Distillery OK’d by planning board

Former Book World building the site; state, federal sign offs sought

The former Book World in downtown Marquette is the site for a proposed new distillery which is in the planning stages. (Journal photo by Jackie Jahfetson)

MARQUETTE — When most people retire, they look forward to traveling, playing golf and spending time with their loved ones. But for Marquette native Anne White, her dream for retirement meant purchasing a building on Washington Street and opening up a distillery.

The new distillery, which is the former Book World building, was approved by the Marquette Planning Commission Tuesday and owners White and her partner Scott Anderson are working on finalizing federal, state and local permits and licensing to hopefully open the distillery in 2021.

Commissioner Michael Larson made the motion to approve the application as it meets the intent and requirements of the land development code with the condition that an amended plan is submitted to meet staff comments. Commissioner Aaron Andres seconded the motion. In a roll-call vote, the Planning Commission voted 8-0 to approve the request.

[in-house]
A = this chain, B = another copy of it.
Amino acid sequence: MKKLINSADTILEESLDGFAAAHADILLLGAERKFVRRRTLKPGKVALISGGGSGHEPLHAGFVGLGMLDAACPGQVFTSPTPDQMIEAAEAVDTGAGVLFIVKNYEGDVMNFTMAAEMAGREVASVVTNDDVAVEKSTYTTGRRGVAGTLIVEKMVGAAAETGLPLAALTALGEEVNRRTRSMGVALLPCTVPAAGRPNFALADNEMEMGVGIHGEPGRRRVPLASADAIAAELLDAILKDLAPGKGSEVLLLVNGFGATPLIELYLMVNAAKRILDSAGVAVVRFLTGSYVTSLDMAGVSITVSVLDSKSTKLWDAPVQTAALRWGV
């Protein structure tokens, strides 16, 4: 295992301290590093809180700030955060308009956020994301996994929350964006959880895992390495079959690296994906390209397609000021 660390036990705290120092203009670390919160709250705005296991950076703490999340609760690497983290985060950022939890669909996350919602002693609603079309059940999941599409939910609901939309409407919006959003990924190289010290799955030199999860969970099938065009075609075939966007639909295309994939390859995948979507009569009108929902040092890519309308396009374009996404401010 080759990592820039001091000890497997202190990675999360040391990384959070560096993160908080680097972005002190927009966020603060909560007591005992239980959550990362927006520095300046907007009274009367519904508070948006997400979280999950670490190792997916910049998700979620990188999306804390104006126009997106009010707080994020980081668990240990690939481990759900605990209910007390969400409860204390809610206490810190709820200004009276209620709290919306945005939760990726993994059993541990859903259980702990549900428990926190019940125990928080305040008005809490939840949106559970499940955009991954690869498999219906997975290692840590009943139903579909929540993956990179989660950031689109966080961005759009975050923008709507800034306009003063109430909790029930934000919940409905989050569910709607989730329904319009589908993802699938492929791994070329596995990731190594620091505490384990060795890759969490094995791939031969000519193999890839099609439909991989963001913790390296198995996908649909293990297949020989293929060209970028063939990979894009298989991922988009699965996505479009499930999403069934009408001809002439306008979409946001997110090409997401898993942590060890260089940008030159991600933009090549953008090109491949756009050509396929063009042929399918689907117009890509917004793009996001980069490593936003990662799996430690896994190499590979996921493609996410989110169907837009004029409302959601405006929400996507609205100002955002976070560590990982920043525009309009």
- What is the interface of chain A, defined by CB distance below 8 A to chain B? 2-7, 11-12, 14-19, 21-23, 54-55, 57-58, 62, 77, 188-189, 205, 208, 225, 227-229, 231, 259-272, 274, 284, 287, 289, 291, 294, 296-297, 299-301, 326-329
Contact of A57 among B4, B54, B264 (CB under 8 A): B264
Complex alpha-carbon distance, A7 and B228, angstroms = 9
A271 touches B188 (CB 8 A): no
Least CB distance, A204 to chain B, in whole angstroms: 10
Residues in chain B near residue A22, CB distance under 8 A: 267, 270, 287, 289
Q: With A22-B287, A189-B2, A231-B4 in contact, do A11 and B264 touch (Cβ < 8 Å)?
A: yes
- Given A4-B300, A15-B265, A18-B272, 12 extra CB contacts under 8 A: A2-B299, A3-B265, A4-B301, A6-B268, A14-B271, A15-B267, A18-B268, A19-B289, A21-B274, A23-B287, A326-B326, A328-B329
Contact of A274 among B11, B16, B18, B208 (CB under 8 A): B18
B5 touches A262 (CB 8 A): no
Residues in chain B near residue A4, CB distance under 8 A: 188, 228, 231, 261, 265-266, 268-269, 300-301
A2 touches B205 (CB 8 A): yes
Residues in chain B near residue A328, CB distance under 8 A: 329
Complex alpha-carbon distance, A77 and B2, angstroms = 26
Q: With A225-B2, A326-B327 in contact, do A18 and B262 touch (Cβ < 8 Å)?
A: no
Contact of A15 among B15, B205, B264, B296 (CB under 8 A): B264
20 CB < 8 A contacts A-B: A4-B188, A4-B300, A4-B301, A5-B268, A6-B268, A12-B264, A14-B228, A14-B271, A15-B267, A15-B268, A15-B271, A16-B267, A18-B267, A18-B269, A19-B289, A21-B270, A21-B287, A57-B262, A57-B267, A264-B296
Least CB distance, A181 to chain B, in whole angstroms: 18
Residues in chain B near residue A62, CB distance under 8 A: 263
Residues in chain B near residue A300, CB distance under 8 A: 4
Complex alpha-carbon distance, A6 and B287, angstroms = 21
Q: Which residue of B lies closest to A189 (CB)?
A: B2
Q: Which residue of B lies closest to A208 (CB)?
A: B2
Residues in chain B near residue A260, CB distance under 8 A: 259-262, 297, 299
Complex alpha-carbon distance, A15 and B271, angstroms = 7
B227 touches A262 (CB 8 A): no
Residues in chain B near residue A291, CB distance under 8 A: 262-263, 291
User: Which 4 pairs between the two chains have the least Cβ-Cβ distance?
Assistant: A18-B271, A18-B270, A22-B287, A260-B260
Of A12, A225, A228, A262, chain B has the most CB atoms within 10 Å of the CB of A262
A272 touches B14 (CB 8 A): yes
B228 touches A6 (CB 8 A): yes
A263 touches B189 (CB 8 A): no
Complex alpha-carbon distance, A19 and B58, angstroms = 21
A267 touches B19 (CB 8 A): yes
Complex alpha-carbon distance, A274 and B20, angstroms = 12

“There are some minor site plan discrepancies that need to be amended and once those are submitted the applicant will be issued a zoning compliance permit, which is required for the county to issue a building permit,” City Planner Dave Stensaas said in an email. “There are not many concerns outside of the potential for nuisance odors, and those are likely to be quite minimal and highly intermittent. From the information that I found typical, distillery odors leaving the premises are not strong and are not unpleasant to most people. Our Wastewater (Treatment) Plant also looks at the chemistry of the liquid waste to make sure there are no problems for their operation. This is in a walkable location in the downtown core and hopefully, it won’t add much to the surface parking demand downtown.”